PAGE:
Post 21, in which a betta has no name

So about that betta from my last post – he survived the trip back to South Carolina, and he’s perty:


And here’s his home, complete with waterlogged spider wood:


I decided to try FloraMax substrate since it came in reasonable amounts and was relatively inexpensive while claiming to be good for plants.

Let me just say I hate the stuff.

It might be good for plants if it could actually hold them down and keep them planted. Planting anything is this substrate is a nightmare since the individual grains are so big and also so lightweight. Eventually I’ll probably get so frustrated with it that I trade it out for some black diamond blasting sand like what I’ve got in the 125g, but for right now I’ll leave it be. I’m also not 100% happy with my scape, but I don’t even want to move anything for fear I won’t get it to stay down again.

I’ve not used a hang-on-back (HOB) filter for a betta tank before, as generally I think they create too much current, but I wanted this little guy to have a cycled tank and a good filter, so I went ahead and used the AquaClear that came with the Ebi. I did feel like the little dude was getting blown around quite a bit, so I diy’d a baffle from a Vitamin Water bottle, and I’m really quite proud of it:


The water’s not stagnant, little dude has good filtration, but he’s not getting blown around everywhere. I did good.

As to the 125g, while I was in Tennessee my ludwigia forest took off. I had to do some pruning when I got back; three of the stalks were so big that they were starting to lean to stay submerged. Here you can see me holding one up to its full height:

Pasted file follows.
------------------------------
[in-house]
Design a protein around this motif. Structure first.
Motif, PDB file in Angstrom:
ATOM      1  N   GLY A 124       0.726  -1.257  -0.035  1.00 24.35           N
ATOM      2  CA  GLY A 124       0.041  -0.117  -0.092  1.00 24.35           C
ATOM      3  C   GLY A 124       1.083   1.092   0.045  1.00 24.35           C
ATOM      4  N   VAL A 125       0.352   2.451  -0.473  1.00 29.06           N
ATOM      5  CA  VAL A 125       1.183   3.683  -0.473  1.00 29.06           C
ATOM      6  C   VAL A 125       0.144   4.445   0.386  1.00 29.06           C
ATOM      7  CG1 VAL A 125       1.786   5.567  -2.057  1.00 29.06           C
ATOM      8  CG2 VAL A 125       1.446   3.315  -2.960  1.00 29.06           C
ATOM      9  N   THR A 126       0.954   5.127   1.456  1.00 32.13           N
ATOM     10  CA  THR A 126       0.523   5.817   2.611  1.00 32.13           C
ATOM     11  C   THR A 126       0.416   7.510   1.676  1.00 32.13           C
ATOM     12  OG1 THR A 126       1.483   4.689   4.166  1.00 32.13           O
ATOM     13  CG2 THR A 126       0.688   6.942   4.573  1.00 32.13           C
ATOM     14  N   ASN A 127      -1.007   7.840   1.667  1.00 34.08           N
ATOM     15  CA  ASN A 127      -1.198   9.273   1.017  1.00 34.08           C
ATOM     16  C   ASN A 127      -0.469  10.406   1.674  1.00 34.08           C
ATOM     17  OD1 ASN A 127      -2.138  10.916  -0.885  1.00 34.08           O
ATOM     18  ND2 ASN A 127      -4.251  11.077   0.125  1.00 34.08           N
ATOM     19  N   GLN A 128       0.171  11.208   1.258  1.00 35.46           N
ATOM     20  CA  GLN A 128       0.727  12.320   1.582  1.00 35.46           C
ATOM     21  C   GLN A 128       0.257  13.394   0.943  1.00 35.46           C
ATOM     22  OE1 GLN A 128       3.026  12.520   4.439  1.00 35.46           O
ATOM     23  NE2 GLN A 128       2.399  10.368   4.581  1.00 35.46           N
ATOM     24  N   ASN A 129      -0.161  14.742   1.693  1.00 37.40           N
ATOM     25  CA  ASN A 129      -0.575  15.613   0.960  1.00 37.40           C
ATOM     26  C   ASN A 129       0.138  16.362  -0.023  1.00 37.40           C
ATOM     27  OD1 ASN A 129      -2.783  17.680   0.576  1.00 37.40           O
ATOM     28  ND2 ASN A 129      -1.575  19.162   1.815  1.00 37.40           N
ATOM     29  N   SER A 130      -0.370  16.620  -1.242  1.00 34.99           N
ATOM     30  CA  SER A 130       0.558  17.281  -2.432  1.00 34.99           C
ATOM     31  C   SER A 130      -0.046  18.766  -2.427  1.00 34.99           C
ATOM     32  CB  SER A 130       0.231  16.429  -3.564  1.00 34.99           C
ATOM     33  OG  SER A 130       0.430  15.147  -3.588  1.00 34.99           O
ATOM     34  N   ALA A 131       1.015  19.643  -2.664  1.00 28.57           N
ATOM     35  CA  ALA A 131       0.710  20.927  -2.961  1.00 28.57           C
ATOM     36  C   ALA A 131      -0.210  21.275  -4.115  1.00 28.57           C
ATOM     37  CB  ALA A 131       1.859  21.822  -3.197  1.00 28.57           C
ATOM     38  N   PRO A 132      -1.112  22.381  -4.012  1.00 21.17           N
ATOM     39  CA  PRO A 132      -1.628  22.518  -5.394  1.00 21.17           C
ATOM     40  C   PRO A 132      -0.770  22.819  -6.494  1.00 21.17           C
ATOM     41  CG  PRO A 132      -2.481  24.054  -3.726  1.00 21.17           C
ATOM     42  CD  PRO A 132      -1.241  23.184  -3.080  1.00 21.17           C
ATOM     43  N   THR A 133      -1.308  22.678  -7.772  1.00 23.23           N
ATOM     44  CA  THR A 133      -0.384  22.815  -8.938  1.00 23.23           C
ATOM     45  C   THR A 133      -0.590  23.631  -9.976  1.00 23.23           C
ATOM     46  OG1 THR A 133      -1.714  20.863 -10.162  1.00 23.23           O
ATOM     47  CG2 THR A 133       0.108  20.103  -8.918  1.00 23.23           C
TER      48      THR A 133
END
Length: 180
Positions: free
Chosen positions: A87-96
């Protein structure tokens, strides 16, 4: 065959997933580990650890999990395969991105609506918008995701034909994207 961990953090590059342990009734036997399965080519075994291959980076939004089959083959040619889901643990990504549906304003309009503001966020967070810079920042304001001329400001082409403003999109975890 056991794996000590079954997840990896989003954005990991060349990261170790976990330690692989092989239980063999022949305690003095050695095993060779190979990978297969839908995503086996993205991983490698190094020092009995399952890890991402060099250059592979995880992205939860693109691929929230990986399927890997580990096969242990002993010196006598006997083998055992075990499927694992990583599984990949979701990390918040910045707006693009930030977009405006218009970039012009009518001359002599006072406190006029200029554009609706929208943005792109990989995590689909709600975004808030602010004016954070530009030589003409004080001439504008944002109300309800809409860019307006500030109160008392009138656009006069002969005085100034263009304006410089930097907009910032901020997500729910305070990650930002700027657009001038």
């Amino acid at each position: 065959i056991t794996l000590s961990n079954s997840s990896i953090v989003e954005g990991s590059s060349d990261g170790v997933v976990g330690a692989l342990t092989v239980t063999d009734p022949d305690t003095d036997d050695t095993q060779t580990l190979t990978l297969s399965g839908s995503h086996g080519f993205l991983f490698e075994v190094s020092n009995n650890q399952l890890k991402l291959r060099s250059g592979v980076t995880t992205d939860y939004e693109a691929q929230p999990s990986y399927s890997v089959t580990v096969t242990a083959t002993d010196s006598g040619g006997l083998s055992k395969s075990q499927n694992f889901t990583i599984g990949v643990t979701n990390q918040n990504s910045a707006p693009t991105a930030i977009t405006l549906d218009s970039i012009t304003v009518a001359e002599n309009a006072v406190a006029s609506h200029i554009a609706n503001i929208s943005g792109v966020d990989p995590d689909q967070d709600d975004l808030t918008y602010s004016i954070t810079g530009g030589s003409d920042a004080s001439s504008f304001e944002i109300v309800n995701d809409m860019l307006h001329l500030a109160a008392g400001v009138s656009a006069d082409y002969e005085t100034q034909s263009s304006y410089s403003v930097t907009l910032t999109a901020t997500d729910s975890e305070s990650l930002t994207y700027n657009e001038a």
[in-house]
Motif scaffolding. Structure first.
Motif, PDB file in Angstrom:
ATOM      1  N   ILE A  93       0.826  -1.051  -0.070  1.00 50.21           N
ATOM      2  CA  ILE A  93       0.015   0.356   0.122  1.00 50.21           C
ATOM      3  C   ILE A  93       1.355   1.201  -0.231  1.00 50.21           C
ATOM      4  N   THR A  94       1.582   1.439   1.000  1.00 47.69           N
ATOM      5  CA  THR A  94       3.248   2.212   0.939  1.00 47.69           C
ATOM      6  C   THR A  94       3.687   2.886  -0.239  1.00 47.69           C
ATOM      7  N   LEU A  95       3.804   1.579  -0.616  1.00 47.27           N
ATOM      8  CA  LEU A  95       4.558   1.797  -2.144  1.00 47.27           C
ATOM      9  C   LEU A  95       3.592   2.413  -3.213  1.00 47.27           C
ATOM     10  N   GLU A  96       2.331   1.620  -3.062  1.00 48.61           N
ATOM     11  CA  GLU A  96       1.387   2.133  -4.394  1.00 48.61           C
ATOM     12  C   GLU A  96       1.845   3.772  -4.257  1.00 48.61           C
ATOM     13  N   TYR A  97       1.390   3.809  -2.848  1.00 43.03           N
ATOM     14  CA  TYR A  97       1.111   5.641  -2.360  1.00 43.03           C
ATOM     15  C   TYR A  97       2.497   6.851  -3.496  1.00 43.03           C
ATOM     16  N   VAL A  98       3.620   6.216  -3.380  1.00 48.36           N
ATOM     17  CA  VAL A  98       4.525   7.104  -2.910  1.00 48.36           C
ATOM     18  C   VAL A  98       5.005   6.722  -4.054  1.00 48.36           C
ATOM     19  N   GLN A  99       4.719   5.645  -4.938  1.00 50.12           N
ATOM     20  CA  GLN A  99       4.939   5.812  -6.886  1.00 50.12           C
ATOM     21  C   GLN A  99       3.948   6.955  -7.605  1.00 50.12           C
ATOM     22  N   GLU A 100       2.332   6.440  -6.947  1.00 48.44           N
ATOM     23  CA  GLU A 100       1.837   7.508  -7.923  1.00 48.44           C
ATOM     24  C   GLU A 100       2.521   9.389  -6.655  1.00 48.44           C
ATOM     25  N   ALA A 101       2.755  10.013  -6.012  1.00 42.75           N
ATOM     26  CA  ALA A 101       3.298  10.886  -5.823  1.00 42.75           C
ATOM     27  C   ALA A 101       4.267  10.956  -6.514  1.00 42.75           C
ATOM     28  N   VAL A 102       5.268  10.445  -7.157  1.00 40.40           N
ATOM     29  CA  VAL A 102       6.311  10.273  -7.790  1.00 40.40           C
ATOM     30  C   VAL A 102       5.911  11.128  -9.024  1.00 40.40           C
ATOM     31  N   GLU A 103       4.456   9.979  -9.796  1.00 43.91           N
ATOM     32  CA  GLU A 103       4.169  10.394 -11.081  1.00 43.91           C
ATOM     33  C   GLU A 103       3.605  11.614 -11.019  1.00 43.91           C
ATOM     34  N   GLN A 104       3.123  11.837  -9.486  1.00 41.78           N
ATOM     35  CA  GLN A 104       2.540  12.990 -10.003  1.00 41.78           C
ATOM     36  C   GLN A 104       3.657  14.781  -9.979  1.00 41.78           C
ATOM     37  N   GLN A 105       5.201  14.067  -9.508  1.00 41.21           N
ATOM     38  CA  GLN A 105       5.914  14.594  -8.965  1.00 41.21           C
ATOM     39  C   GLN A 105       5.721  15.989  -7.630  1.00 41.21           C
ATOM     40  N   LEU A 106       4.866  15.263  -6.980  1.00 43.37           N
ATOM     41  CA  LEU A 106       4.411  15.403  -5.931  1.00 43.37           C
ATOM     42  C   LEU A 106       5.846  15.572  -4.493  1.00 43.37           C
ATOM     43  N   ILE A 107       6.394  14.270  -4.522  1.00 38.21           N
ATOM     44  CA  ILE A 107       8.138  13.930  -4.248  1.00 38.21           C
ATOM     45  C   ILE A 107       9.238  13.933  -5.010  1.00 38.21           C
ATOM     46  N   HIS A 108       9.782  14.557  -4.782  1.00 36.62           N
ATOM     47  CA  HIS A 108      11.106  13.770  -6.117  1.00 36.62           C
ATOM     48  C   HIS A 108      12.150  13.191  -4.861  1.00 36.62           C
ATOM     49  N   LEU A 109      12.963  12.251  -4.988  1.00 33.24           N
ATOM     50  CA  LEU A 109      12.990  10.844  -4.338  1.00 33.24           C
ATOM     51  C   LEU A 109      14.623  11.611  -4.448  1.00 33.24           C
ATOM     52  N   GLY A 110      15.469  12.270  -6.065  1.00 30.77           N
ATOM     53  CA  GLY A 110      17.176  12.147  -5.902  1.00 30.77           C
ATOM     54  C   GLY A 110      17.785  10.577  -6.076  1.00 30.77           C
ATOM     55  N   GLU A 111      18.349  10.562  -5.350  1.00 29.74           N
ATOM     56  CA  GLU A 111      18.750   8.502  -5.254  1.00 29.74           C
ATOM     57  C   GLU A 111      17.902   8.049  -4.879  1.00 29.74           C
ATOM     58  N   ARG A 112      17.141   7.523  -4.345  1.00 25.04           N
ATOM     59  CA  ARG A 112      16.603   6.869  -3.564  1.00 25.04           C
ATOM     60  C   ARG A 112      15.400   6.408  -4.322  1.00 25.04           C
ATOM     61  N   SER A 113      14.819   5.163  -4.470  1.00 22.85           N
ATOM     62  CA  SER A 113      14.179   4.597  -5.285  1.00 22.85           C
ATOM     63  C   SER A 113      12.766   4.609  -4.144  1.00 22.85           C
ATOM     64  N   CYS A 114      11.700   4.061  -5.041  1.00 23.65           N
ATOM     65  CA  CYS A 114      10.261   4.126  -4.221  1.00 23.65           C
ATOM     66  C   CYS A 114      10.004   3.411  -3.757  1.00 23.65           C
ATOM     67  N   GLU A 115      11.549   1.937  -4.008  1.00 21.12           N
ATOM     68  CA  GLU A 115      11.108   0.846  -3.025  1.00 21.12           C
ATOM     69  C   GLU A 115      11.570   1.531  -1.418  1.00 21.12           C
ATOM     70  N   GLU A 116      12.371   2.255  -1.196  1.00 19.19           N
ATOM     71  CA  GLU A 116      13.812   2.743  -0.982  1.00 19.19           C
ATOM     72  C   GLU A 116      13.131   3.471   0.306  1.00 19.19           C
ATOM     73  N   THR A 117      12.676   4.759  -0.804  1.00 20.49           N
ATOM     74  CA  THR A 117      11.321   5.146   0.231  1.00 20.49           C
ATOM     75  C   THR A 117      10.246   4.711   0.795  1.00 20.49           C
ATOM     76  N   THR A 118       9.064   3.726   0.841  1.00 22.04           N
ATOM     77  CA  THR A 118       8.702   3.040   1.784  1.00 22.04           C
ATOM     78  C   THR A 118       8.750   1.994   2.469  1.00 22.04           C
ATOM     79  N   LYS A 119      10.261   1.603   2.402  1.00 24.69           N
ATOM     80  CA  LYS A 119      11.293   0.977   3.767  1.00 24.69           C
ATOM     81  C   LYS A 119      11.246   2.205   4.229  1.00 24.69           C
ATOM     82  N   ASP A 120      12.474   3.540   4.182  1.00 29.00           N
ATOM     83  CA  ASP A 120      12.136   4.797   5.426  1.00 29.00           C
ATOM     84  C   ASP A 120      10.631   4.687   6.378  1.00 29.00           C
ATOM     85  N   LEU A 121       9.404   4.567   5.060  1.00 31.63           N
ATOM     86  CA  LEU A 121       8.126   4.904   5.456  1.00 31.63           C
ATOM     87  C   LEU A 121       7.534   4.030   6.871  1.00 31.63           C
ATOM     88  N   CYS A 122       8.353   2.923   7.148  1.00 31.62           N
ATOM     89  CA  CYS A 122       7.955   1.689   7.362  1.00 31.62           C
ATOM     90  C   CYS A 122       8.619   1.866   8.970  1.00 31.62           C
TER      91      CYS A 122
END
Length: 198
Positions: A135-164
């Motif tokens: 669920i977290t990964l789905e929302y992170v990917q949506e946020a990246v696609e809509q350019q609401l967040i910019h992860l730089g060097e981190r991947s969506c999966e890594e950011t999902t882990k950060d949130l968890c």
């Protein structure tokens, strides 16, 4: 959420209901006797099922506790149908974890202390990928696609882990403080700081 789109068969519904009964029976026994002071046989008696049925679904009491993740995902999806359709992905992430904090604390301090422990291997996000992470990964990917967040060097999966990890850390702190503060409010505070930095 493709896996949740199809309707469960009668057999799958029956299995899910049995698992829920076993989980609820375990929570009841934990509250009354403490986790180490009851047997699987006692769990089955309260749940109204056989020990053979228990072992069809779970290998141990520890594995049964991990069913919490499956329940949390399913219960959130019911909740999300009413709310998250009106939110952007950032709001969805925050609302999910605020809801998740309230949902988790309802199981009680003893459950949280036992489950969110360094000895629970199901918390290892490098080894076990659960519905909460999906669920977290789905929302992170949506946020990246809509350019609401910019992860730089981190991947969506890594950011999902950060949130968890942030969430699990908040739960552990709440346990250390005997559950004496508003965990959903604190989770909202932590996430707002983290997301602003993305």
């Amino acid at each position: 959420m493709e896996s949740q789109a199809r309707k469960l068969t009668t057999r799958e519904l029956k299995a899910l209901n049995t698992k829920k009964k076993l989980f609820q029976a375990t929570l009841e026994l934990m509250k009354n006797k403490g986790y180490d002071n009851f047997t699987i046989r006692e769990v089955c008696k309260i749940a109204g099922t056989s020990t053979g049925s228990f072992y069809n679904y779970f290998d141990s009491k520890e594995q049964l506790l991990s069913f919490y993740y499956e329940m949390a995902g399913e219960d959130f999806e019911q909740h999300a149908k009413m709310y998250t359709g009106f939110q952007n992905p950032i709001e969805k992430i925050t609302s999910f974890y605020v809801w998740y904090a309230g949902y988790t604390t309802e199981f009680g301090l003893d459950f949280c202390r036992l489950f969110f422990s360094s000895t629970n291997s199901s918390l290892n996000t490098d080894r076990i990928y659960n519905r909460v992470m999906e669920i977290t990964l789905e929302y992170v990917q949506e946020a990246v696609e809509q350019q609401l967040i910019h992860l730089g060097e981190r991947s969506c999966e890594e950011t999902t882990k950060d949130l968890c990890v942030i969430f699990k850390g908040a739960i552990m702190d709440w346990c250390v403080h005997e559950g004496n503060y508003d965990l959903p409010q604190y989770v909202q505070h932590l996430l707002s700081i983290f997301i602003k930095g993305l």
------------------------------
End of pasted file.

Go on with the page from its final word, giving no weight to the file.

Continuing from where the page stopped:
So I trimmed them and planted one stalk in the little betta tank, and the other two I’ve tried to plant in the 125g, but the cory cats keep digging them up (along with my water wisteria). I may just let them float until they grow bigger roots and then try again.

Speaking of cory cats, they might dig up my plants, but their weird behavior makes for some cute photo ops:


I also picked up four angelfish while I was in Nashville, and after a two-week quarantine period they have now been added to the 125g. I think they were a good addition; their very unique body shape adds variety and visual interest to the tank, and so far they have been very peaceful. They’re all so young still that they pretty much stick together. I’ll be interested to see how they pair off as they sexually mature.


The two middle ones are Clamps and Nori. Clamps is named for the crazy robot in the robot mafia from Futurama since he/she has a really spazzy, obnoxious personality, and Nori was named my my good friend Alesia who was in Nashville with me. Lisa, another good friend, was also in Nashville with us and has naming rights over the mostly black angel on the left, but as of yet hasn’t given him/her a name. He/she is the most demure and calm of the bunch.

Pictured above also is my littlest apistogramma, who’s doing very well.